Julia Brace was a deaf-blind girl who was born before both Laura Bridgman and Helen Keller. She was successfully educated, but lost the credit as the first to Helen Keller. Julia Brace Articles by Students Julia Brace by Anonymous | October 6, 2016 The famous deaf person I choose was Julia Brace. She lived a […]

Heather Whitestone – The First Deaf Miss America

Heather Whitestone McCallum is known as “Miss Deaf America” (even though Miss Deaf America is a different pageant). She was the first deaf woman to be crowned Miss America in the Miss America pageant. Heather is both beautiful and intelligent, and it’s nice to see that the panelists didn’t discriminate against her because she’s deaf. […]

George William Veditz

George Veditz was a former president of the National Association of the Deaf of the United States and was one of the first to film American Sign Language. George William Veditz Articles by Students George Veditz by Alyssa Mattingly | October 20, 2016 “ASL is not just a different language, it is a different medium […]

Edward Miner Gallaudet

When Thomas Hopkins Gallaudet died in 1851, his youngest son Edward Miner Gallaudet continued his legacy in deaf education, played a big part in the history of American Sign Language, and founded the first college for the deaf. Edward Miner Gallaudet Articles by Students Who is your favorite person from deaf history? Edward Miner Gallaudet by […]

Geronimo Cardano

Geronimo Cardano played a significant role in the history of sign language–particularly in the history of deaf education. Cardano was an Italian mathematician and physician. He discovered in the 1500s that the deaf were able to be educated by using written words. Before his theory, people believed that it was impossible for people to learn […]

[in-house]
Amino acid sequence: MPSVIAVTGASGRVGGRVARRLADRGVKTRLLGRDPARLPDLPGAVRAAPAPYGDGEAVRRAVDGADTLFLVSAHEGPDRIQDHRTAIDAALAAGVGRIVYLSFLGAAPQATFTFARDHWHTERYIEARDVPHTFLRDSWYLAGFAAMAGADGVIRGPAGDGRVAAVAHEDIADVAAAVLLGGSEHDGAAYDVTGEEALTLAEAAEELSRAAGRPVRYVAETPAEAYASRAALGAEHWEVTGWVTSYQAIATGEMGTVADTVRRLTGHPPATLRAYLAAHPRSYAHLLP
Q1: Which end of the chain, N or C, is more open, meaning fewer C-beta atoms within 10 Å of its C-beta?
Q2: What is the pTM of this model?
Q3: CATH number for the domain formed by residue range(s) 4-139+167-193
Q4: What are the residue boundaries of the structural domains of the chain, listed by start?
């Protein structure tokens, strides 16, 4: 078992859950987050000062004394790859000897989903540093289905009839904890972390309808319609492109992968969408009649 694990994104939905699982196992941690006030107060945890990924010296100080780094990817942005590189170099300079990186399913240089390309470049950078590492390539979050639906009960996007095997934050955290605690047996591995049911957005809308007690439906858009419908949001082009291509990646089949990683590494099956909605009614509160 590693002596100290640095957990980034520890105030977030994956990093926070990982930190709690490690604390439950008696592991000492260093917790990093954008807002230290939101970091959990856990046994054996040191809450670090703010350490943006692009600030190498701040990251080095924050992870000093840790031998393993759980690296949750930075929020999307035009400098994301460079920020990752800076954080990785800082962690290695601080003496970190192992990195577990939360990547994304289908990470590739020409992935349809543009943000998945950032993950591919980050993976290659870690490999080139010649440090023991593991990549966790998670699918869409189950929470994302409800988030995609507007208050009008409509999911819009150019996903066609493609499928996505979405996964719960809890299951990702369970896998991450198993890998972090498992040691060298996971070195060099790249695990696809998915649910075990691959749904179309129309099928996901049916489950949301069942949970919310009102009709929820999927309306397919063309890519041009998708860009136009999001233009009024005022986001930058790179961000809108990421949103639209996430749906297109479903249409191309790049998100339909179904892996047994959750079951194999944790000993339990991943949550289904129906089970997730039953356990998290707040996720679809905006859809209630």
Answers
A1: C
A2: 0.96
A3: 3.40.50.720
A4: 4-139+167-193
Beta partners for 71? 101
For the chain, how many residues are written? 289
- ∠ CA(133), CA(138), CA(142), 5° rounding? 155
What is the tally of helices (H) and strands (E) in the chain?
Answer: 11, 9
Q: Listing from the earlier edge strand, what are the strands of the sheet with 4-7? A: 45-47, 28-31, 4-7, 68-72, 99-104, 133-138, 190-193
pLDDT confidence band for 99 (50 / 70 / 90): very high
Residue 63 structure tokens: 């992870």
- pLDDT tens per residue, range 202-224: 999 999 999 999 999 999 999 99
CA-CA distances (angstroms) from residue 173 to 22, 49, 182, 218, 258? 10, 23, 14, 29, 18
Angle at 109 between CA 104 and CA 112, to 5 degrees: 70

History of American Sign Language

The history of American Sign Language didn’t truly begin until 1814 when deaf education was introduced to the United States. There is virtually no information about American Sign Language history before this time. Early in the 1800s, there were only a few thousand deaf Americans. No standard signed language existed at this time, but various […]

Thomas Hopkins Gallaudet

Dr. Thomas Hopkins Gallaudet is probably the most influential person in the history of American Sign Language. Gallaudet, along with Laurent Clerc, was responsible for starting the first free public school for the deaf in the United States. Thomas Hopkins Gallaudet Articles by Students Who is your favorite person from deaf history? Thomas Hopkins Gallaudet […]

Andrew Foster

Andrew Foster is a very important person in Deaf history. He was the first African American Deaf person to earn a Bachelor’s Degree from Gallaudet University and is known as the “Father of the Deaf” of Africa because he founded the first school for the deaf there and went on to establish 31 more. Andrew […]

Rodger Young

by Anonymous Rodger Young was a deaf man who faked his Army hearing test in World War II. He won a Posthumous Medal of Honor in the Soloman Islands. Rodger Young was a member of the United States National Guard with the rank of sergeant. However, before going to war in World War II, he […]